The CBC commends the regulatory decision to allow states to cover populations up to 150% of the Federal Poverty Level (FPL) without a required showing of nursing facility clinical eligibility (NFCE). The population below 150% of FPL is extremely vulnerable, with the poorest health status and the least personal resources to acquire additional services and supports. States which choose to cover this population at levels of acuity below NFCE will help lessen any potential functional decline to NFCE status for these vulnerable individuals in the state.

The preamble to the proposed rule suggests, but §441.510 does not mention, the requirement for a yearly verification of income for CFCO applicants since this may be relevant to the level of care requirement for eligibility. We recommend that this requirement not be included, since income verification requirements are already a standard part of the Medicaid redetermination process. There is no need to create an additional and redundant barrier to eligibility. Furthermore, states should be encouraged and reminded of any authority to use ?passive redetermination? methods, which result in far fewer accidental and unwarranted terminations, and less administrative burdens for individuals and state programs alike.

§441.520 ? Required Services

The CBC notes that the inclusion of ?permissible? services within the ?required services? subheading may create confusion in program administration, and the two sections should be separated for clarity. We understand that in §441.525 you have included language allowing some exceptional services ?based on a specific need identified in the service plan?. While we understand the need for that language in reference to exceptional excluded services, we believe the inclusion of this same language at §441.520(b)(3) may be overbroad when applied to all permissible services, and consider that this language could put a difficult burden on consumers to identify all possible future support needs during the care assessment phase.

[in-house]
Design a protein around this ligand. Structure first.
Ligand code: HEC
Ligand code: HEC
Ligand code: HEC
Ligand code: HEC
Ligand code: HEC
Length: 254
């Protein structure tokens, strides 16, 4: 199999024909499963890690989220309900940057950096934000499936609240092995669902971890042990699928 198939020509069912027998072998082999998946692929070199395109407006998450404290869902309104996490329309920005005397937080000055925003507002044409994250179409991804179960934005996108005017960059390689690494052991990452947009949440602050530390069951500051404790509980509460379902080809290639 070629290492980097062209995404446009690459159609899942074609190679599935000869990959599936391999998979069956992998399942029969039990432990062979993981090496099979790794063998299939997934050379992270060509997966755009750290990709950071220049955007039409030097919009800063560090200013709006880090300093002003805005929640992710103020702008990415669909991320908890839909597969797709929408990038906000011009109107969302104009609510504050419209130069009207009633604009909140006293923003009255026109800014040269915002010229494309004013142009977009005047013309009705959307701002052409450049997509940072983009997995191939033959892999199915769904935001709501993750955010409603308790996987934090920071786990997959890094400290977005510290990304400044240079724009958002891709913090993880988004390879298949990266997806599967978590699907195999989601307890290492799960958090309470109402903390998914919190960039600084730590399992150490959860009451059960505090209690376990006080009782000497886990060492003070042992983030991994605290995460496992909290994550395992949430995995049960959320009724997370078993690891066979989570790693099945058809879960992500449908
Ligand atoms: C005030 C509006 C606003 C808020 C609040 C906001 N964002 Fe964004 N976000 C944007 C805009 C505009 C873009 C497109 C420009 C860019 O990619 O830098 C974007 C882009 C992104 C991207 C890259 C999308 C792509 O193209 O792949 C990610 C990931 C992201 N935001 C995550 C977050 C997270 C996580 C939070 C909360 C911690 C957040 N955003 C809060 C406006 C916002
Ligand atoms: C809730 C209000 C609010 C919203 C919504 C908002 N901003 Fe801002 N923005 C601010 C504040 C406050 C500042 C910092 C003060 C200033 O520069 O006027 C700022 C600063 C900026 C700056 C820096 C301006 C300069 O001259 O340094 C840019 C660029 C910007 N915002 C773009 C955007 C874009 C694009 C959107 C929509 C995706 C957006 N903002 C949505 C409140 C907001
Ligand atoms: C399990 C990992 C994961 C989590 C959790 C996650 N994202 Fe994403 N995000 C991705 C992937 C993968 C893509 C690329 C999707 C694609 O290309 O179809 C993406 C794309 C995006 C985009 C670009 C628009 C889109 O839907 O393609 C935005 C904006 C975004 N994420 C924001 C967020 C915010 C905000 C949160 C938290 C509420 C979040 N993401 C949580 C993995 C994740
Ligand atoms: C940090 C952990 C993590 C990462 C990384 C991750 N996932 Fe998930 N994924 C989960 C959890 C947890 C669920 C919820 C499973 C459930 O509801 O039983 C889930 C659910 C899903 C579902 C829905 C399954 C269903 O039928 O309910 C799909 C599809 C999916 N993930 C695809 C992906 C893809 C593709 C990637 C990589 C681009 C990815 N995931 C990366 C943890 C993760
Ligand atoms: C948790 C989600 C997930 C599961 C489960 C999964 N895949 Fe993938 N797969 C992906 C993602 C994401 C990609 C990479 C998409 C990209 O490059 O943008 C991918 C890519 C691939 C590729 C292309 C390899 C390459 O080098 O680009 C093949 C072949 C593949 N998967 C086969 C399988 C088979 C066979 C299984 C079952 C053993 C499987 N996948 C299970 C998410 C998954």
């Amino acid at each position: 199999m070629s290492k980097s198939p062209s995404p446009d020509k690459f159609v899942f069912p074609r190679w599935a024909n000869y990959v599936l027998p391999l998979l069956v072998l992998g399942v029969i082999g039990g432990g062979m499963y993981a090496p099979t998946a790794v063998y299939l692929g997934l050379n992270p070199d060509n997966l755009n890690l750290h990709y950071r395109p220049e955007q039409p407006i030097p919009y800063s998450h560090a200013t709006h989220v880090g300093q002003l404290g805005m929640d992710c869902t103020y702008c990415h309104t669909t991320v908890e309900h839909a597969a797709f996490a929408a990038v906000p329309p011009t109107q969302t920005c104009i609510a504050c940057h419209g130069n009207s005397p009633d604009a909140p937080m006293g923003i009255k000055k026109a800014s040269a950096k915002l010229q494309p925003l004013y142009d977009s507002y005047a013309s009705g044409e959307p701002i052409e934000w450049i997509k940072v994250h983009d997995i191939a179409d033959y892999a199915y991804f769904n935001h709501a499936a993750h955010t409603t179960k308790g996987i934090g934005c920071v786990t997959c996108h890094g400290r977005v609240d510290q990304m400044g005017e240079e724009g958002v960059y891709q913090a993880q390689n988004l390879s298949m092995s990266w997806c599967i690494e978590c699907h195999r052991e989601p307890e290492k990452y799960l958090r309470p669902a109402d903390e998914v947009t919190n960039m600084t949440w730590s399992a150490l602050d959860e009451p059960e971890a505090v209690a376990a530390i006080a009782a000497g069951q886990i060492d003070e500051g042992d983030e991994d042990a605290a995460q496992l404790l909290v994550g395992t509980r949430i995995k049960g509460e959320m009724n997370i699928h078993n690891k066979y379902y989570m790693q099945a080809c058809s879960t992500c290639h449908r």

§441.525 ? Excluded Services
We commend the expansion of coverable services to include:
  • Some services that may fall under ?§441.520(a)(5)?; and
  • Some that may be ?based on a specific need identified in the service plan when used in conjunction with other? HCBS services.
With regard to the former, we note the technical error in the regulation referring to ?§441.520(a)(5)? (there is no (a)(5) provision), and suggest you replace that reference with §441.520(a). With respect to the latter, we have understood your inclusion of this language to limit the circumstances when assistive technology could be covered (i.e., as an exception to the general policy of non-coverage). We strongly support this exception and note that it is cost-effective to substitute technology for attendant staff. However, we believe the inclusion of this same language at §441.520(b)(3) may be overbroad when applied to all permissible services, and consider that this language could put a difficult burden on consumers to identify all possible future support needs during the care assessment phase.

We commend your inclusion of the language ?that are related to education only? in (b).

We note your request for comment on a proposal to allow states to determine at what point the amount of funds to purchase devices and adaptations places them in the statutorily excluded categories. This language appears in the preamble, but not the regulation. We are concerned that regulatory language on this point might confuse the cost of service with the type (or purpose) of service. State should not have absolute discretion to target exclusions strictly based on cost. You state in the preamble that CFCO ?would not include services furnished through another benefit or section under the Act.? We consider this statement to be overbroad and recommend it be altered to avoid confusion. We suggest editing it to read that CFCO ?would not include certain specific types of services furnished through another benefit or section under the Act.?